By Ebony Morris, Australian Family Lawyers

Navigating co-parenting arrangements can be difficult enough as is, but when your ex-partner is a narcissist, it can be even harder. In some instances, it may not even be possible.

During their divorce proceedings, Kanye West has repeatedly made public social media posts aimed at ex Kim Kardashian and her new boyfriend Pete Davidson.

At Australian Family Lawyers, we recommend creating an agreement in writing such as a parenting plan or consent order with your ex-partner, whereby you can put in structures and regimes with respect to time spending and arrangements.

We find that when clients have ex-partners who display narcissistic traits, having such agreements and details in agreements can reduce the contact and communication required between you if this is not possible.

Ebony Morris has been working in Family Law for over seven years and is passionate about assisting people during what can be an emotional and stressful period in their life.

What is narcissism, and how can you recognise it?

Unfortunately, usually by the time you recognise a current or ex-partner is a narcissist it can be quite late in the relationship and might even be quite confronting.

Narcissism is a personality disorder and is characterised by extreme self-involvement to the disregard or detriment of others. According to Mayo Clinic, despite an extreme confidence, their fragile self-esteem can be vulnerable to even the slightest criticism.

Depending on the individual, signs and symptoms might range from borderline to very intense. If you’ve noticed the below with your ex-partner, it might be possible they’re a narcissist:

  • An exaggerated sense of self-importance and entitlement
  • Requiring excessive attention or admiration
  • Unwillingness or inability to understand the needs or feelings of others
  • Preoccupied with success or achievement and intent on having the “best”
  • Belittling those who they perceive as inferior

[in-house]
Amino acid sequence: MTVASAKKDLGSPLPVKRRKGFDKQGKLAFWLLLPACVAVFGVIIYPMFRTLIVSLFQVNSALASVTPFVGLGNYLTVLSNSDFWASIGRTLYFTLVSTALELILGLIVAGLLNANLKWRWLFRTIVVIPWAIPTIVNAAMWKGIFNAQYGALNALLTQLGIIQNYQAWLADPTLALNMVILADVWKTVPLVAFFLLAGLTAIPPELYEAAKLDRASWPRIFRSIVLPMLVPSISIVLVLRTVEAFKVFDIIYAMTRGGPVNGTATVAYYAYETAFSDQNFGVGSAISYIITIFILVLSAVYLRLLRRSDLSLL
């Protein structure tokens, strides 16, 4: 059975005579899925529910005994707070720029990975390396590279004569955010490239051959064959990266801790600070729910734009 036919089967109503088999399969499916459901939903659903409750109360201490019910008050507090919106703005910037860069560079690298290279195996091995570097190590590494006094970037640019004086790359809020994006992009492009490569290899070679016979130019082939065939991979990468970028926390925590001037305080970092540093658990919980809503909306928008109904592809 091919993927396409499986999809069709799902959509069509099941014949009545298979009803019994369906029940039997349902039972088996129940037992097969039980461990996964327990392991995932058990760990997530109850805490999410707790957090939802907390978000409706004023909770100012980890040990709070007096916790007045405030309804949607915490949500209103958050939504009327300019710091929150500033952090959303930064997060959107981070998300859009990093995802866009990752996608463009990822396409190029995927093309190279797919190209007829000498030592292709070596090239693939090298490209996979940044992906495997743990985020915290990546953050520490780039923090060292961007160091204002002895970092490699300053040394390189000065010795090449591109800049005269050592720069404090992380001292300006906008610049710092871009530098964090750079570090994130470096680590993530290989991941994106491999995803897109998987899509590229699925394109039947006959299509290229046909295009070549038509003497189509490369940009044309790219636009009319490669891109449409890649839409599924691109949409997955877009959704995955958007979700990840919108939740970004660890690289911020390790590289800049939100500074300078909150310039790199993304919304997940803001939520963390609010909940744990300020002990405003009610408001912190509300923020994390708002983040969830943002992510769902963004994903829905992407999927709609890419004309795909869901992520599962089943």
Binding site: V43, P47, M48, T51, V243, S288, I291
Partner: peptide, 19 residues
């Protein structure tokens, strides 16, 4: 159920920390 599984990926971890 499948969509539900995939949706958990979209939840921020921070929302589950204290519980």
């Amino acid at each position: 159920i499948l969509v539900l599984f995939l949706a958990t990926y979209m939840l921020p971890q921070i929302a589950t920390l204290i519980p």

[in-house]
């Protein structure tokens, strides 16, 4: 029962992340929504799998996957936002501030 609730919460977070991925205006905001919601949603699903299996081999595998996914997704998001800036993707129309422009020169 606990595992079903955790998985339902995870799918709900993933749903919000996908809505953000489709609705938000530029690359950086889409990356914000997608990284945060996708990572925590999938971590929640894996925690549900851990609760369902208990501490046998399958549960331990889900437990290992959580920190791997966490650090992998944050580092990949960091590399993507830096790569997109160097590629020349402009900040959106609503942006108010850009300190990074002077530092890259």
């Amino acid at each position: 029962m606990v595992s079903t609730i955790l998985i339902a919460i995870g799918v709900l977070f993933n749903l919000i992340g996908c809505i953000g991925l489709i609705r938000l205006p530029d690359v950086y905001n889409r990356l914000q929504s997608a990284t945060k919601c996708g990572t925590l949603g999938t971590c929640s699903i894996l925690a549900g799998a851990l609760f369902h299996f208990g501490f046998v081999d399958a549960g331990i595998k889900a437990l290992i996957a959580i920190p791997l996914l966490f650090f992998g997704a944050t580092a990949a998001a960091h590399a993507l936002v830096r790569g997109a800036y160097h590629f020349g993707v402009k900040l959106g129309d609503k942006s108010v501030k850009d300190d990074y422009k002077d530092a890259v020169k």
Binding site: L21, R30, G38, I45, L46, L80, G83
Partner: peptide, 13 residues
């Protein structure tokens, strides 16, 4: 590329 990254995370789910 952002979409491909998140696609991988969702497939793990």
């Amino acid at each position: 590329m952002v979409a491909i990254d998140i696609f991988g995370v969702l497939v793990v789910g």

“Narcissism isn’t always black and white. Its variations fall on a spectrum. Generally, if the person is severe enough to be diagnosed with narcissism, they could have a grandiose sense of self and be extremely self-focused.

“If you’re dealing with a narcissistic co-parent, it’s of paramount importance that you take steps to protect your children, yourself and your emotional well-being,” explains Clinical Psychologist Colleen Respondek.

What can co-parenting with a narcissist look like?

As a Family Lawyer, we usually see narcissistic ex-partners trying to get a rise or reaction once they’ve lost control of a situation. But this ongoing hostility can impact your ability to effectively co-parent where there are ongoing arrangements for the children to spend time between both households.

Other things that can occur post separation or divorce as you try to co-parent with a narcissistic ex-partner are that they might:

  • Try to ruin your relationship with your shared child or with others
  • Attempt to regain their grandiose sense of self by hurting their ex-partner
  • Beg or plead with you to reconsider, assuring you that they’ve changed

It can be difficult to navigate parenting arrangements that may be in your children’s best interest when dealing with a narcissistic ex and an agreement in writing may not always stop that hostility completely.

However, there is often little one can do to change that behaviour of a person as narcissists may deny there is an issue, and in turn refuse to address any concerns raised, especially by their ex-partner.

In these circumstances it can be helpful to engage in your own support to deal and respond to such behaviour and if your ex is agreeable, the following may also be of assistance in navigating and attempting to improve that relationship:

  • Engaging in Family Counselling/therapy, which is a method to develop and maintain health and functional family relationships even post separation.
  • Engaging with a Parenting coordinator, which is a child-focussed process for conflicted separated parents and is essentially a dispute resolution technique to help parents organise their ongoing parenting arrangements.

Depending on the content of any public posts, there can be consequences for publishing degrading comments about an ex-partner.